Chipper Jones, 3rd baseman will retire at the end of the 2012 season, the Atlanta Braves asserted.
The third baseman that has spent his entire 18-year career with Atlanta has battled injuries the past several seasons and essentially made a decision to retire in 2010, only to change his thoughts.
This time, he means it.
The Braves announced the team and Jones, who will turn 40 year-old next month, have voiced interest in him remaining with the organization in a yet-to-be-determined capacity after he retires. Baseball scores.
During the early days of spring training, Jones marveled that he was still with the Braves with his milestone birthday coming up in April.
Jones, who was chosen No. 1 in general by the Braves in the 1990 newbie draft, has spent his complete pro career with the franchise. A 7-time All-Star, he has a .304 career average with 454 home runs, 526 doubles and 1,561 RBIs in 2,387 games.
A feared hitter when healthy, Jones has carved out a place in baseball history as one of the best to ever hit from either side of the plate.
His 454 home runs rank Jones 3rd best-ever among switch hitters, behind Hall of Famers Mickey Mantle, who hit 536 homers, and Eddie Murray, who slugged 504. His career batting average ranks 2nd among all switch hitters, behind Hall of Famer Frankie Frisch (316).
He is the only switch hitter in big league history with over 300 home runs and a career batting average over .300.
Jones’ greatest season was 1999, when he won the MVP award with a .319 average, a career-leading forty five homers and 110 RBIs. 9 years on, at age 36, he won his 1st batting title with a career-high .364 average, which remains the last of his 10 seasons hitting above .300.
He hit .275 with 18 home runs and 70 RBIs in 126 games last season.
Jones was initially attached to join the Braves’ lineup 4 years on as a left fielder. But he suffered a season-ending knee injury in spring training, delaying his debut. Basketball scores.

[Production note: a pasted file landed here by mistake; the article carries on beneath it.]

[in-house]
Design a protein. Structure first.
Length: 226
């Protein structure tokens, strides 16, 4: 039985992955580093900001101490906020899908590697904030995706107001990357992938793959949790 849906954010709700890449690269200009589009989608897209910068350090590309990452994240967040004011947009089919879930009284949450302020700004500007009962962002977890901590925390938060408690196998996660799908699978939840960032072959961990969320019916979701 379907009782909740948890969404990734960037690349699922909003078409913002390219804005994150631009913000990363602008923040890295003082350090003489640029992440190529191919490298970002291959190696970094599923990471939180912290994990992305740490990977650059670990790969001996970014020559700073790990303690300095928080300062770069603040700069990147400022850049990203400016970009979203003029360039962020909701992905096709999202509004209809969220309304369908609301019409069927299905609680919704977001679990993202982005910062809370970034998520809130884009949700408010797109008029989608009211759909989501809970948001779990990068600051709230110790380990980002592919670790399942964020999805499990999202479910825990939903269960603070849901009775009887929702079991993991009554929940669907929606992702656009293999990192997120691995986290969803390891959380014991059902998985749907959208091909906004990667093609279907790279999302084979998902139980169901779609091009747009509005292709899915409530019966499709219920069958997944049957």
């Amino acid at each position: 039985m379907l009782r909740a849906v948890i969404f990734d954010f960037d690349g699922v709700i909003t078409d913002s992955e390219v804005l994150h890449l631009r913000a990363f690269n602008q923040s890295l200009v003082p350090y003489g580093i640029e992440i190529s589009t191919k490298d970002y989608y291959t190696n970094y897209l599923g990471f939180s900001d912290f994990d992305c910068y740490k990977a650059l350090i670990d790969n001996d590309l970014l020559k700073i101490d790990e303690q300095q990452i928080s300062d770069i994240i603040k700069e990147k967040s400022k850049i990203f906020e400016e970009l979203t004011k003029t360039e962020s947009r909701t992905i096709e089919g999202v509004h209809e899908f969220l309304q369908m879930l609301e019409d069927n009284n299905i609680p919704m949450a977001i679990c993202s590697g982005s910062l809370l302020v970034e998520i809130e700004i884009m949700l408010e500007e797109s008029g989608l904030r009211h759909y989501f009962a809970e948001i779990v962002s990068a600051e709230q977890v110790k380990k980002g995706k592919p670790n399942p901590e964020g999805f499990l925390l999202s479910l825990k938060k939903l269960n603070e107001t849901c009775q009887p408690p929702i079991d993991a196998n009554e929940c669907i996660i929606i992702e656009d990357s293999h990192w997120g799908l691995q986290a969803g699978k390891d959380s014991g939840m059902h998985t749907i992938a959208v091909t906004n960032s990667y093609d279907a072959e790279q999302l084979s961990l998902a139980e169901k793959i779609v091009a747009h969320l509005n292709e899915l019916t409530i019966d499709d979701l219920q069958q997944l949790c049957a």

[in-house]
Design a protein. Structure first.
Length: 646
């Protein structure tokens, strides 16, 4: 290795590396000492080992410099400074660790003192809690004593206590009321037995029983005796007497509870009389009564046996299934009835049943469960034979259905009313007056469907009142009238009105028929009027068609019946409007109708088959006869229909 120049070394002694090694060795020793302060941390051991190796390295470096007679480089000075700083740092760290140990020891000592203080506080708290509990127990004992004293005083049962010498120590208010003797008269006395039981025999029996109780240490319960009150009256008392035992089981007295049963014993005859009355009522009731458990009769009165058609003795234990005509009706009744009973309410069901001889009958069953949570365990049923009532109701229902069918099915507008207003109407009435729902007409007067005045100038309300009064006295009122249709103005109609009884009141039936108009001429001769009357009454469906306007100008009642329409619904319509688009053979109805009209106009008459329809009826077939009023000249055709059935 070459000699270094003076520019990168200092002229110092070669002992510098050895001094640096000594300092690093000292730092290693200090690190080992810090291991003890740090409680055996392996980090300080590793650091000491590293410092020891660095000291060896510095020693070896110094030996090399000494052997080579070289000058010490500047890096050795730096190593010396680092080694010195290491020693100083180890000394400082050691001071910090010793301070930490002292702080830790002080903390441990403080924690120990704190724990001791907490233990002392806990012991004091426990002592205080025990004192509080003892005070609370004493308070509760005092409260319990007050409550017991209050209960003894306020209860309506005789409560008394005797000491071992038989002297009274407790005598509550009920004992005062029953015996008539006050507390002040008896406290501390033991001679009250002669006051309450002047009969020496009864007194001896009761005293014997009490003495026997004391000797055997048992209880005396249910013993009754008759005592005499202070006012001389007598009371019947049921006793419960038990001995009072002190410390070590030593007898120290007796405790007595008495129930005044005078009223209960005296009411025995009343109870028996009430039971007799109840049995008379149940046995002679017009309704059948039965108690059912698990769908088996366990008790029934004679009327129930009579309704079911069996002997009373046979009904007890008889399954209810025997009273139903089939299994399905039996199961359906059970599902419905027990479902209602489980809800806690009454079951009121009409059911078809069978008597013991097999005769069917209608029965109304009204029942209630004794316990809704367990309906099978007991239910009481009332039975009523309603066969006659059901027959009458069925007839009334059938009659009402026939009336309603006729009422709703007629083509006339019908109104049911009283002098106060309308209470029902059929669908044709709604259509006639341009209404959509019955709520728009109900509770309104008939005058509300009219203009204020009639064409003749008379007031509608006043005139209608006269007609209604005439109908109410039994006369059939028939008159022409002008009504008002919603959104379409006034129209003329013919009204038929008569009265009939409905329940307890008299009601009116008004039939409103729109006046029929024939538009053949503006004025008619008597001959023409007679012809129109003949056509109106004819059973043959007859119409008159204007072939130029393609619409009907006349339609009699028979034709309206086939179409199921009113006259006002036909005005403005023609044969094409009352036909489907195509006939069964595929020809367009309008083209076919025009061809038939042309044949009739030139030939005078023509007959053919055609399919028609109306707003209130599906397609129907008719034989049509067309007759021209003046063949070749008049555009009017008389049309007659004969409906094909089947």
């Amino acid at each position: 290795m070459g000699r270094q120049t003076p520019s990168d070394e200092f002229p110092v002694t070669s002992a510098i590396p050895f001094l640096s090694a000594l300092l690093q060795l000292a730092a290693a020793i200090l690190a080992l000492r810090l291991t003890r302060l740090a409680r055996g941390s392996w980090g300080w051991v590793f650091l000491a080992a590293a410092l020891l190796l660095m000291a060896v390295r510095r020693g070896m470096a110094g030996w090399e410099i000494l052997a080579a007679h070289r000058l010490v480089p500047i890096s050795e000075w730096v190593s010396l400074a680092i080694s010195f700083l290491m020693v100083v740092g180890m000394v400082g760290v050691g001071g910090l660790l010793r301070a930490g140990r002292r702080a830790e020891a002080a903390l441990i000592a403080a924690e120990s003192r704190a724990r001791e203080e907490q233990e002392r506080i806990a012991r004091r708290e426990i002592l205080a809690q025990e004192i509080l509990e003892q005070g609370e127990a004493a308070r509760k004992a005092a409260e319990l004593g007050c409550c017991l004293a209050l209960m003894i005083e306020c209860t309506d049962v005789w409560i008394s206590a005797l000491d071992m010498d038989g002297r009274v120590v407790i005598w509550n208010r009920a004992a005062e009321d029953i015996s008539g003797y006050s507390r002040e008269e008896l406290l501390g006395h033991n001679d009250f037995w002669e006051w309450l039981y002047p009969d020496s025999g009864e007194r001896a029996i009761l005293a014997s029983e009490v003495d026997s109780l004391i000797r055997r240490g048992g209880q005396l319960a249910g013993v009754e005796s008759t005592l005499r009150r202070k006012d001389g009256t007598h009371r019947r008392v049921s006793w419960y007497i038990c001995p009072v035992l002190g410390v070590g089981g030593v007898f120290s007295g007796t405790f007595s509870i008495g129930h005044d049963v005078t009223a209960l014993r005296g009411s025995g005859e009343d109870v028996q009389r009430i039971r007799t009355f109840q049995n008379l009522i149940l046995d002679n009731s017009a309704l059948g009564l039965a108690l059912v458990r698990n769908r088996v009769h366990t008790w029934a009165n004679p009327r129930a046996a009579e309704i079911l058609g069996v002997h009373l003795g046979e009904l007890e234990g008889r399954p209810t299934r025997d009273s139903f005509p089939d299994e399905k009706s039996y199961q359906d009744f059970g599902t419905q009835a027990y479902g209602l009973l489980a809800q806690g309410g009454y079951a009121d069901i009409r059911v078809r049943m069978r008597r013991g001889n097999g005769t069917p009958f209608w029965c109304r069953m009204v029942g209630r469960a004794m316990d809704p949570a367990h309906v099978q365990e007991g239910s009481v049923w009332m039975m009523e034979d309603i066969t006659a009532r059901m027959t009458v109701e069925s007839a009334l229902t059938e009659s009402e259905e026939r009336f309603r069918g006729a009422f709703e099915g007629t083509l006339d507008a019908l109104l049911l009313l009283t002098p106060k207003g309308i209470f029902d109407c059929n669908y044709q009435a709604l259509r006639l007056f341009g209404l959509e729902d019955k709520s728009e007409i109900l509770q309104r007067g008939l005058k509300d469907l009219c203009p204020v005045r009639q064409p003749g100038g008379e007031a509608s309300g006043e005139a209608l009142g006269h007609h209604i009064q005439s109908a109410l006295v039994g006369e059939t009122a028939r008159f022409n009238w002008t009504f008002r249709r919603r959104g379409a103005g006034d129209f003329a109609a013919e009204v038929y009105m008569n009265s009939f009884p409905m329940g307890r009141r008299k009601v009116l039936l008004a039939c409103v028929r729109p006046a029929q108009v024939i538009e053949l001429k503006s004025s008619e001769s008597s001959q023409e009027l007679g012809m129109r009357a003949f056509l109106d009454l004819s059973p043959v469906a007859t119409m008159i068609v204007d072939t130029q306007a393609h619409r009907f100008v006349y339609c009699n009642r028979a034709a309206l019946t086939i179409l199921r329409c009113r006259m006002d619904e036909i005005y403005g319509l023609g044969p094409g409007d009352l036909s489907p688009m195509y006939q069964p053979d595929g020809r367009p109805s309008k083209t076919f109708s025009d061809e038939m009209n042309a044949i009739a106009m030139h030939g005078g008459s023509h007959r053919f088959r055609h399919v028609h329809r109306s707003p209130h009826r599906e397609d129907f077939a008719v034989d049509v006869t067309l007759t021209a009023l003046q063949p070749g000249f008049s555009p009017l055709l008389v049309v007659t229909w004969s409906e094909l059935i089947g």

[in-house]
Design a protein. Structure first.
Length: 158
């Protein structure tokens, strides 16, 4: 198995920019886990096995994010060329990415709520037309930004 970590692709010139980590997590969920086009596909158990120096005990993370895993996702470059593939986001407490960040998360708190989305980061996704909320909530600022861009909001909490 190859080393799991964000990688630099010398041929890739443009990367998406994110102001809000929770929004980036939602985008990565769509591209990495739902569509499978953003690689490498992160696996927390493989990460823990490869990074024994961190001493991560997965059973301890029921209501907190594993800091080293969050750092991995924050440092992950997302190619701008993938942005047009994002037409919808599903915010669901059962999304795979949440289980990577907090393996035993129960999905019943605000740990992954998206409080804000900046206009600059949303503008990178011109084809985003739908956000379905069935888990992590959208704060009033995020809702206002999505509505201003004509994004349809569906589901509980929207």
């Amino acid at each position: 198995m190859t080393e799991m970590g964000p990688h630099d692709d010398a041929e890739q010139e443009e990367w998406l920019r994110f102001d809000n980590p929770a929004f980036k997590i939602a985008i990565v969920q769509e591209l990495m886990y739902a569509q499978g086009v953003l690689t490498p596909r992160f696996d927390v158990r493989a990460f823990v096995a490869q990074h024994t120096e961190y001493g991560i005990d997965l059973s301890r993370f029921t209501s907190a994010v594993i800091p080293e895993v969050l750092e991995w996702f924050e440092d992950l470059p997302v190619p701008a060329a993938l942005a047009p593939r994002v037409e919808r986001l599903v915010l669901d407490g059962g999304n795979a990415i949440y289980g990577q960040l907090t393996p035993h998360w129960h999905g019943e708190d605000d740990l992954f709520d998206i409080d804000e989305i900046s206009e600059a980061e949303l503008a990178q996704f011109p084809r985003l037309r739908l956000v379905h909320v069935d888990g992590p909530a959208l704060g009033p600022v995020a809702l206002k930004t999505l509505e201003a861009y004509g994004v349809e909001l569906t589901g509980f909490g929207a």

What a debut it was.
Back at his natural infield place, Jones came 2nd in the National League Rookie of the Year balloting and helped the Braves to win their 1st World Series title in Atlanta.
That remains his only championship, even though the Braves kept right on winning the National League East thru 2005 in a unique streak of 14 straight division titles. Jones was on teams that lost to the N.Y Yankees in the 1996 and 1999 World Series.
After the team slumped for a couple of years, Jones was joined by a new generation of players who led the Braves back to the postseason in 2010 — the final year of Cox’s long reign as manager. Atlanta lost to the eventual champion SF Giants in a firmly fought division series that Jones missed, having gone down in August with the 2nd season-ending knee injury of his career.
In addition to 2 major knee operations, Jones has been forced to cope with nagging illnesses since 2004. This spring, he affirmed in top condition but faced leg issues, leading him to question whether he may even make it through the season.